The air blowing device 210 can be a flexible bulb that is able to inhale or exhale the air by pressing. The air bowling device 210 is connected to the vapor producing device 220. The air can be blown into the vapor producing device 220 by the air blowing device 210. In one embodiment, the air blowing device 210 is a rubber suction bulb.

The vapor producing device 220 comprises a liquid absorbing material 222, a hollow tube 224, a heating layer 226 and a power source 228. The liquid absorbing material 222 is located in the hollow tube 224, but does not affect the ventilation performance of the hollow tube 224. A liquid material is absorbed by the liquid absorbing material 222. The heating layer 226 is surrounded the out surface of the hollow tube 224 and electrical connected to the power source 228. The heating layer 226 is used to heat the liquid absorbing material 222 located in the hollow tube 224.

A material of the hollow tube 224 is not limited, and can be soft or hard materials. The hard material can be ceramic, glass, or quartz. The soft material can be resin, rubber, plastic or flexible fiber. The cross-section shape of the hollow tube 224 is not limited, and can be round, arc, or rectangle.

In one embodiment, the hollow tube 224 is a hollow ceramic tube with a circular cross section. The diameter of the hollow ceramic tube is about 1 centimeter, and the length of the hollow ceramic tube is about 6 centimeters.

The liquid absorbing material 222 has good absorption performance. The liquid absorbing material 222 can be cotton, non-woven fabrics and high absorbent resin. In one embodiment, the liquid absorbing material 222 is attached to the inner surface of the hollow tube 224.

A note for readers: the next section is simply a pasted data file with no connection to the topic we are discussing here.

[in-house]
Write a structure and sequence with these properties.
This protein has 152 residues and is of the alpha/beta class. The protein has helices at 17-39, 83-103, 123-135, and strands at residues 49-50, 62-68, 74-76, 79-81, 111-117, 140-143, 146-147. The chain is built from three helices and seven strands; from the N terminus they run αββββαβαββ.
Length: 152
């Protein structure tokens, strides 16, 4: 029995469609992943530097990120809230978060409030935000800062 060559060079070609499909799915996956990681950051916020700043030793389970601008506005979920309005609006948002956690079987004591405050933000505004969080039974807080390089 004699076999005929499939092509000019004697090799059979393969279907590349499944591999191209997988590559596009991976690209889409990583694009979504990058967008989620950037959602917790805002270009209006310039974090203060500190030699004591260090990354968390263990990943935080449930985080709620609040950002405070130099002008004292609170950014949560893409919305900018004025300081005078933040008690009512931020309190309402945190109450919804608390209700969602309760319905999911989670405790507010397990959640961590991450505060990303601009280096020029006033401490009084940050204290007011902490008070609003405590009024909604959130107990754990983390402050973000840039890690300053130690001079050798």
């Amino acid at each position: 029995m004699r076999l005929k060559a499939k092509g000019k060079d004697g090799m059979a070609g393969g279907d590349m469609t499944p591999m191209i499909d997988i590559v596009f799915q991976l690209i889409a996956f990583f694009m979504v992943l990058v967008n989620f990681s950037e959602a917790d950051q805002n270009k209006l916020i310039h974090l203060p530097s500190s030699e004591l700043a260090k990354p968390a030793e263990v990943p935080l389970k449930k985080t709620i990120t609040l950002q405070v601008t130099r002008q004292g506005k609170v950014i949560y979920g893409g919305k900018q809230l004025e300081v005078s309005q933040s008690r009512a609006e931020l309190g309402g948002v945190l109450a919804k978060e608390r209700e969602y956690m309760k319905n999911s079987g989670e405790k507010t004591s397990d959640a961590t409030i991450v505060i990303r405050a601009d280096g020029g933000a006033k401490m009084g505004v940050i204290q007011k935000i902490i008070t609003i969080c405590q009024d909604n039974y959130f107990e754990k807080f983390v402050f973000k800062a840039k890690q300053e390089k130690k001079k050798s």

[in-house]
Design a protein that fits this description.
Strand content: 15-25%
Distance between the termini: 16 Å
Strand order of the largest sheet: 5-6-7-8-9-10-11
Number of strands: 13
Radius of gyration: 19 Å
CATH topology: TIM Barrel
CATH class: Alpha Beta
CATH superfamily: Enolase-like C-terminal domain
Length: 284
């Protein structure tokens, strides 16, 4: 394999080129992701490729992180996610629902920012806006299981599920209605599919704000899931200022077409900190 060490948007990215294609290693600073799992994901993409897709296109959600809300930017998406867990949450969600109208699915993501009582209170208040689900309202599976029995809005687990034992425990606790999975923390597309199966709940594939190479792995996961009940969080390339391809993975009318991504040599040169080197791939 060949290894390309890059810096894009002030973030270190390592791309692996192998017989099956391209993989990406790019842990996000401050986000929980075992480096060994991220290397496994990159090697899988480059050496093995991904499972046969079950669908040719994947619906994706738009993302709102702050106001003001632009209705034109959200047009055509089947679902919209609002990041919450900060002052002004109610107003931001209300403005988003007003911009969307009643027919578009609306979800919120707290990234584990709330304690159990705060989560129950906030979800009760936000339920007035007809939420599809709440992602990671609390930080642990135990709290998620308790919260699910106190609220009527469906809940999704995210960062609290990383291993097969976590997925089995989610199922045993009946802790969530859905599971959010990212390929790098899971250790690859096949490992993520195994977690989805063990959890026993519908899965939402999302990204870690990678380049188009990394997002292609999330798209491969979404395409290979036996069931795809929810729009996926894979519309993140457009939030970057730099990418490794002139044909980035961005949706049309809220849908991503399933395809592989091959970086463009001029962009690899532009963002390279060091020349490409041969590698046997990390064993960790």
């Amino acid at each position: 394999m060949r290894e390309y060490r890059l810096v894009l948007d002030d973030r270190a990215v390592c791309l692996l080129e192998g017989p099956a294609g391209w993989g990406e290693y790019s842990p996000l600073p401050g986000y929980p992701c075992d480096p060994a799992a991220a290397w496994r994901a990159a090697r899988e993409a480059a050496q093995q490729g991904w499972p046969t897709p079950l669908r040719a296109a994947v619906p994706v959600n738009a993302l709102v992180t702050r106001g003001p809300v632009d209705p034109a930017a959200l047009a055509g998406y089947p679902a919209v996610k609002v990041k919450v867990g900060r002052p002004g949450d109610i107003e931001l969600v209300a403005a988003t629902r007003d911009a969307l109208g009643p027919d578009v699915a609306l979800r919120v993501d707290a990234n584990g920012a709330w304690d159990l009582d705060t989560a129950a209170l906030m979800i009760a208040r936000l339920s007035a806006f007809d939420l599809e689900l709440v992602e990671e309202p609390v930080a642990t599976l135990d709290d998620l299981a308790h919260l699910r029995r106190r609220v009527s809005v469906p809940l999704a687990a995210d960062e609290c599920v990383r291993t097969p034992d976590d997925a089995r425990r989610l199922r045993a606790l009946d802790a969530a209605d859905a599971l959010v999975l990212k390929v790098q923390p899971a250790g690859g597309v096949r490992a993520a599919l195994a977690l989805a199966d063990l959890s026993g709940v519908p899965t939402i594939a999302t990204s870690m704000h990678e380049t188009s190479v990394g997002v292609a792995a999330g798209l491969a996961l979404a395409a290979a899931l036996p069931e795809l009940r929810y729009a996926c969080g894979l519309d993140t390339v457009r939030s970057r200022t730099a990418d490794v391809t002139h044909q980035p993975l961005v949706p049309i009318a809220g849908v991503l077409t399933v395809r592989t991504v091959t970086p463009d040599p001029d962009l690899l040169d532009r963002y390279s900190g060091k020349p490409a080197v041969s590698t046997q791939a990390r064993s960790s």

The heating layer 226 is disposed on an outer surface of the hollow tube 224. The heating layer 226 comprises a carbon nanotube structure. The carbon nanotube structure includes a plurality of carbon nanotubes uniformly distributed therein, and the carbon nanotubes therein can be combined by van der Waals attractive force therebetween. The carbon nanotube structure can be a substantially pure structure of the carbon nanotubes, with few impurities. The carbon nanotubes can be used to form many different structures and provide a large specific surface area. The heat capacity per unit area of the carbon nanotube structure can be less than 2×10−4 J/m2·K. Typically, the heat capacity per unit area of the carbon nanotube structure is less than 1.7×10−6 J/m2·K. As the heat capacity of the carbon nanotube structure is very low, and the temperature of the heating element 16 can rise and fall quickly, which makes the heating layer 226 have a high heating efficiency and accuracy. As the carbon nanotube structure can be substantially pure, the carbon nanotubes are not easily oxidized and the life of the heating layer 226 will be relatively long. Further, the carbon nanotubes have a low density, about 1.35 g/cm3, so the heating layer 226 is light. As the heat capacity of the carbon nanotube structure is very low, the heating layer 226 has a high response heating speed. As the carbon nanotube has large specific surface area, the carbon nanotube structure with a plurality of carbon nanotubes has large specific surface area. When the specific surface of the carbon nanotube structure is large enough, the carbon nanotube structure is adhesive and can be directly applied to the outer surface of the hollow tube 224.